Birmingham Design Guide - Consultation Closes on Friday 5 February
Date of Article
Feb 01 2021
Planning & Development

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Neal Allcock
0121 820 7950 email me about Neal

Neal Allcock is a partner and joined Carter Jonas in January 2021 as head of the firm’s Midlands planning team, based in the Birmingham office. A specialist in large-scale projects and urban redevelopment and regeneration, Neal has delivered a number of strategic development projects for a variety of clients. With over 15 years of planning experience including at urban and rural local planning authorities, Neal has extensive and varied knowledge of projects across residential (including BTR and PBSA), infrastructure, retail and commercial/industrial sectors.

Neal advises clients on a diverse range of planning matters across the region including tall buildings, town centre regeneration, brownfield redevelopment and green belt proposals. He provides strategy on the planning approach for complex major development projects, preparation and submission of planning applications and representations to promote sites through the local plan process.

I can provide advice on:

The formal consultation on the draft Birmingham Design Guide closes on Friday 5 February 2021. The document intends to update 14 separate supplementary planning documents, some of which are now 25 years old, into a single comprehensive document.

Many policies already established in the city - such as separation distance guidelines, BREEAM Excellent requirements, and adherence to Nationally Described Space Standards - are retained. However, several new policies are proposed, meaning it will not be business as usual for the development community in the city. The draft design guide consists of an overarching 'design principles' document with 28 policies. This is supported with five more detailed manuals. Below, Neal Allcock, Head of Midlands Planning, Carter Jonas, reviews some of the key changes set to impact on how new development is shaped across the city:

  • Biophilic design principles - intended to benefit the health and wellbeing of building users and integrate the natural environment into the external appearance and spaces of the building.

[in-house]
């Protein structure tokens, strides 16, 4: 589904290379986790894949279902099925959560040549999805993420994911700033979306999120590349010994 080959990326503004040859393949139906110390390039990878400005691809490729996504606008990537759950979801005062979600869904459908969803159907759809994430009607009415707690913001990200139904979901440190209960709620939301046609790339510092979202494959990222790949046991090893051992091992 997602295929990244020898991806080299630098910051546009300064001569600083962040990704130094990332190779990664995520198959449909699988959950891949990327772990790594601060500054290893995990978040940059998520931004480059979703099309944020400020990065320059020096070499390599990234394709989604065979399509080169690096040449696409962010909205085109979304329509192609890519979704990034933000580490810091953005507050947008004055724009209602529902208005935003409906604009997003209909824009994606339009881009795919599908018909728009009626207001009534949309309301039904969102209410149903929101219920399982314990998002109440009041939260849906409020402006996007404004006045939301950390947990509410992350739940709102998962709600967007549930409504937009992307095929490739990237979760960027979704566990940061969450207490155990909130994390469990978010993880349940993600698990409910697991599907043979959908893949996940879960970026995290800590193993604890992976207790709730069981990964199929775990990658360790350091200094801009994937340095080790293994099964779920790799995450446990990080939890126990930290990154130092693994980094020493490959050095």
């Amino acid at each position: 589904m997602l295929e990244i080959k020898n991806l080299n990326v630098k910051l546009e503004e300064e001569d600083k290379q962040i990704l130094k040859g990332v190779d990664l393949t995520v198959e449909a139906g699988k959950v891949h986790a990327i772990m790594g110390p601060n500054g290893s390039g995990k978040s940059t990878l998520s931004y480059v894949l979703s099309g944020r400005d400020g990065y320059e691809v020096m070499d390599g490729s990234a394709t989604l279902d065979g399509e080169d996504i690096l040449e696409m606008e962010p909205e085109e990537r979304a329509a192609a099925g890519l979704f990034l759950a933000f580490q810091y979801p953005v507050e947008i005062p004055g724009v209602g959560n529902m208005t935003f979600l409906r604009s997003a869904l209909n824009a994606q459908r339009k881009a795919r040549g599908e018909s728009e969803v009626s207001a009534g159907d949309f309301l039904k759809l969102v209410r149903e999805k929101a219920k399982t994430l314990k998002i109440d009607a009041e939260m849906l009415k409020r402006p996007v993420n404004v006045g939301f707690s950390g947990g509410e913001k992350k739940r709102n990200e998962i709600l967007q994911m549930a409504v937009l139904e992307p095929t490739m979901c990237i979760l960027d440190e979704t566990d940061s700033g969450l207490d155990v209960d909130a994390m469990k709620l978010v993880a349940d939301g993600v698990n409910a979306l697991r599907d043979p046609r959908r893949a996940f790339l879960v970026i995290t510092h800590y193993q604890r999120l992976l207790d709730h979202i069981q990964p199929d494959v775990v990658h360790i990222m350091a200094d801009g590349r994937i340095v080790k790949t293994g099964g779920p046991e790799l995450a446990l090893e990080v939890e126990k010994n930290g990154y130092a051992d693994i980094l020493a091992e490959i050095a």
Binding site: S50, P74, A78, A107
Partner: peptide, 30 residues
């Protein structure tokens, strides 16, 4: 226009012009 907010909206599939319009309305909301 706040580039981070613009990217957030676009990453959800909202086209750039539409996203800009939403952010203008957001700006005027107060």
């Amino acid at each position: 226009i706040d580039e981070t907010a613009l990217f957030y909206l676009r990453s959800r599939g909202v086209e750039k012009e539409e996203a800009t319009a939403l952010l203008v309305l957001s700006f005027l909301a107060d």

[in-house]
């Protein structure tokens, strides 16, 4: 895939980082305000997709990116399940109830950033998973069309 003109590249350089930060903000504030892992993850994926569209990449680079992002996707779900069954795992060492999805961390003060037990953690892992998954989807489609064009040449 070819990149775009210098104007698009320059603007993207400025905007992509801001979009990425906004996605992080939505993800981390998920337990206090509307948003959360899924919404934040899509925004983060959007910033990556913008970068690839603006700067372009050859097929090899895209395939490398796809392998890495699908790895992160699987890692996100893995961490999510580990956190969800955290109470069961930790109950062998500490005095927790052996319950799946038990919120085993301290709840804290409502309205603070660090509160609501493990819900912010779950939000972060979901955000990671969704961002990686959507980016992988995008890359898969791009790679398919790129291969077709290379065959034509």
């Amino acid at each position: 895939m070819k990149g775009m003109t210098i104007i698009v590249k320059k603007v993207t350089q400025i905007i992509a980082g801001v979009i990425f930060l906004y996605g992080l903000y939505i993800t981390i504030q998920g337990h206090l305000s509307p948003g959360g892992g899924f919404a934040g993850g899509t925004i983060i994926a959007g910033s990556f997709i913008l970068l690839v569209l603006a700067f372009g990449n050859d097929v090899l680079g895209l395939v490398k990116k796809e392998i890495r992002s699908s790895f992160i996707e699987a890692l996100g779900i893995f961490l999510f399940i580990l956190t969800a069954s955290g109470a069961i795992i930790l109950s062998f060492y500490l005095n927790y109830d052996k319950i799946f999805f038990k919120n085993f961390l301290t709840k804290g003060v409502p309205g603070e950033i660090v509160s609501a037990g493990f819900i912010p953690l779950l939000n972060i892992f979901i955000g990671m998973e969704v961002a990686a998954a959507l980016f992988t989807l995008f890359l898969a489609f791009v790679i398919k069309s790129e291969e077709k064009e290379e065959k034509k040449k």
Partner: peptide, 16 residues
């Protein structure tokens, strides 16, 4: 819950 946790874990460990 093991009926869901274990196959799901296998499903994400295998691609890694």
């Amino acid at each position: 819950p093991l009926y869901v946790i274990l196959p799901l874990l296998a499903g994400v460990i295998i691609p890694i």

• A Birmingham ID - a clear contextual appreciation of surroundings, rather than dropping standardised design onto a site.
  • Tall buildings - signals from the city to formally support expansion of tall building locations beyond the 'central ridge zone' previously established in High Places. However, analysis of wind and microclimate impacts are more onerous, even for 'smaller' tall buildings up to 30 storeys in height. Guidance now stipulates that tall buildings will not be allowed in conservation areas. This would mean replacement tall buildings, such as 110 Colmore Row in place of the Nat West Tower, would now be contrary to the draft policy.
  • Clear points on examples of bad design to help support excellence in new buildings.
  • New requirements to improve shared spaces and circulation space in communal buildings such as apartments.
  • Policies which require minimum glazing sizes and ceiling heights to habitable rooms - potentially discouraging some innovative designs and impacting on overall development viability.
  • First consideration of reusing existing built form on a development site as a sustainable approach to redevelopment.

Whilst these polices are progressive, they are still at draft stage and could be subject to change. Carter Jonas's Birmingham Planning & Development team is well placed to assist with representations before the deadline.

Please contact the team for further information.